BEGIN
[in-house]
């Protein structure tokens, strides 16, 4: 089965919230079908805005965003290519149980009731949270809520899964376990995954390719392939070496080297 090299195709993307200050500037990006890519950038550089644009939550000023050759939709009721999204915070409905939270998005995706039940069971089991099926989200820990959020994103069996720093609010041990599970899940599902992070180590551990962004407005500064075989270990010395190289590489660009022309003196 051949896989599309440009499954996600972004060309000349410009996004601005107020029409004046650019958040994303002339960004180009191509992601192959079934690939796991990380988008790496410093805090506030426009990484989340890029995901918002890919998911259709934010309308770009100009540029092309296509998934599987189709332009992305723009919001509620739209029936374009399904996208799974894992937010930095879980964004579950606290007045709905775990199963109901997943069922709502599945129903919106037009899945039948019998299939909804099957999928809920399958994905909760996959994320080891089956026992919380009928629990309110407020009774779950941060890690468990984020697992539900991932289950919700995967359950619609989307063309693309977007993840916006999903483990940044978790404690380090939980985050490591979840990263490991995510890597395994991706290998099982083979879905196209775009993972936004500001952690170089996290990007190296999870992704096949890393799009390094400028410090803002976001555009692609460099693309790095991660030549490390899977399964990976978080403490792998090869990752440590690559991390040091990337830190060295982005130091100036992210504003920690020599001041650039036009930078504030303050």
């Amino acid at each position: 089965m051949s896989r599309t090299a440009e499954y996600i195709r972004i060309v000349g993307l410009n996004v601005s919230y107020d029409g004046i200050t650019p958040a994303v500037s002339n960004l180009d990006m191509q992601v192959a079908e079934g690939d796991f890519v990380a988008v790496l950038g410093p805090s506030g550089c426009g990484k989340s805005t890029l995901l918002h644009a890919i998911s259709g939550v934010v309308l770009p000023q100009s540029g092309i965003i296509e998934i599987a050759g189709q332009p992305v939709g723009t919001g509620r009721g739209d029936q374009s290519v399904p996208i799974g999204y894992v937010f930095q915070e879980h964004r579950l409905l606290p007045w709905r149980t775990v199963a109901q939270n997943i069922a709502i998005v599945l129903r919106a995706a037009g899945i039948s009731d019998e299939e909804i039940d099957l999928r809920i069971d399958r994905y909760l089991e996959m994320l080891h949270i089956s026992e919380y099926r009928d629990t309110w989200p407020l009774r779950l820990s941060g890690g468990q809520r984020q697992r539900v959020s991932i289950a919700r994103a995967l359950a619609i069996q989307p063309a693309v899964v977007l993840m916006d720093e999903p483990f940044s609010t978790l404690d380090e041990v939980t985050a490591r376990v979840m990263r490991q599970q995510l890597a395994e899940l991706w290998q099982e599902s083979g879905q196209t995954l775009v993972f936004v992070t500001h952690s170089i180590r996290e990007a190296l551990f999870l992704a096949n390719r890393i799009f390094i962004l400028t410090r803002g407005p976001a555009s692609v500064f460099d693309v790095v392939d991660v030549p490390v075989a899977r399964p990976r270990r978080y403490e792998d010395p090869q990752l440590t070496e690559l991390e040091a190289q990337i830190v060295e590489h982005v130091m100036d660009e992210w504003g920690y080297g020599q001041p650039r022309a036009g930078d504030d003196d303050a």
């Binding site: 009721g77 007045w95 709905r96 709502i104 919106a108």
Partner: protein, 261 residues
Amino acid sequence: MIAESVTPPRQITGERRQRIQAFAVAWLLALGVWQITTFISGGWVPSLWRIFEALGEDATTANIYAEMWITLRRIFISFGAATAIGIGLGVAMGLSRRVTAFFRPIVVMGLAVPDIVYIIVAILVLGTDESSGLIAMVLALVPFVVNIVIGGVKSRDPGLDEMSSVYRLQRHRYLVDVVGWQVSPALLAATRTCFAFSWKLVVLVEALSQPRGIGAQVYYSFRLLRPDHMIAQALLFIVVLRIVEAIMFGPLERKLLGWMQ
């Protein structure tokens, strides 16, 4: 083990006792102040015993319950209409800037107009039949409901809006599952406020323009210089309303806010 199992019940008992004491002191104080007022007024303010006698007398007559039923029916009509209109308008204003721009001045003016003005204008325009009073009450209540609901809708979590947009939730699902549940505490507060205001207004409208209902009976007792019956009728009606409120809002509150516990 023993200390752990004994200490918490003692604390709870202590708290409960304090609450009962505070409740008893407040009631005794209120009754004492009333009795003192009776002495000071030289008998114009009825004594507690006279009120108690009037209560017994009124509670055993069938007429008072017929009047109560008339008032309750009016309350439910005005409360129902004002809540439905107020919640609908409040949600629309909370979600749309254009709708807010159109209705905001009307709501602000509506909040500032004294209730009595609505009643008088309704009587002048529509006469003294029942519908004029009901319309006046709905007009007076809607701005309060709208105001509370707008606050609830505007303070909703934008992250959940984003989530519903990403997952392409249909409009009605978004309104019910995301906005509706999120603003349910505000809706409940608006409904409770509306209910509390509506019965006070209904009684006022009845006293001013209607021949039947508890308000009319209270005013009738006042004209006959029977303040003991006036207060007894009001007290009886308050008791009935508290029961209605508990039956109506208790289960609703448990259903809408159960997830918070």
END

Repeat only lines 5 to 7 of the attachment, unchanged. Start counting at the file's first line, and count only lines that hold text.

Partner: protein, 261 residues
Amino acid sequence: MIAESVTPPRQITGERRQRIQAFAVAWLLALGVWQITTFISGGWVPSLWRIFEALGEDATTANIYAEMWITLRRIFISFGAATAIGIGLGVAMGLSRRVTAFFRPIVVMGLAVPDIVYIIVAILVLGTDESSGLIAMVLALVPFVVNIVIGGVKSRDPGLDEMSSVYRLQRHRYLVDVVGWQVSPALLAATRTCFAFSWKLVVLVEALSQPRGIGAQVYYSFRLLRPDHMIAQALLFIVVLRIVEAIMFGPLERKLLGWMQ
């Protein structure tokens, strides 16, 4: 083990006792102040015993319950209409800037107009039949409901809006599952406020323009210089309303806010 199992019940008992004491002191104080007022007024303010006698007398007559039923029916009509209109308008204003721009001045003016003005204008325009009073009450209540609901809708979590947009939730699902549940505490507060205001207004409208209902009976007792019956009728009606409120809002509150516990 023993200390752990004994200490918490003692604390709870202590708290409960304090609450009962505070409740008893407040009631005794209120009754004492009333009795003192009776002495000071030289008998114009009825004594507690006279009120108690009037209560017994009124509670055993069938007429008072017929009047109560008339008032309750009016309350439910005005409360129902004002809540439905107020919640609908409040949600629309909370979600749309254009709708807010159109209705905001009307709501602000509506909040500032004294209730009595609505009643008088309704009587002048529509006469003294029942519908004029009901319309006046709905007009007076809607701005309060709208105001509370707008606050609830505007303070909703934008992250959940984003989530519903990403997952392409249909409009009605978004309104019910995301906005509706999120603003349910505000809706409940608006409904409770509306209910509390509506019965006070209904009684006022009845006293001013209607021949039947508890308000009319209270005013009738006042004209006959029977303040003991006036207060007894009001007290009886308050008791009935508290029961209605508990039956109506208790289960609703448990259903809408159960997830918070």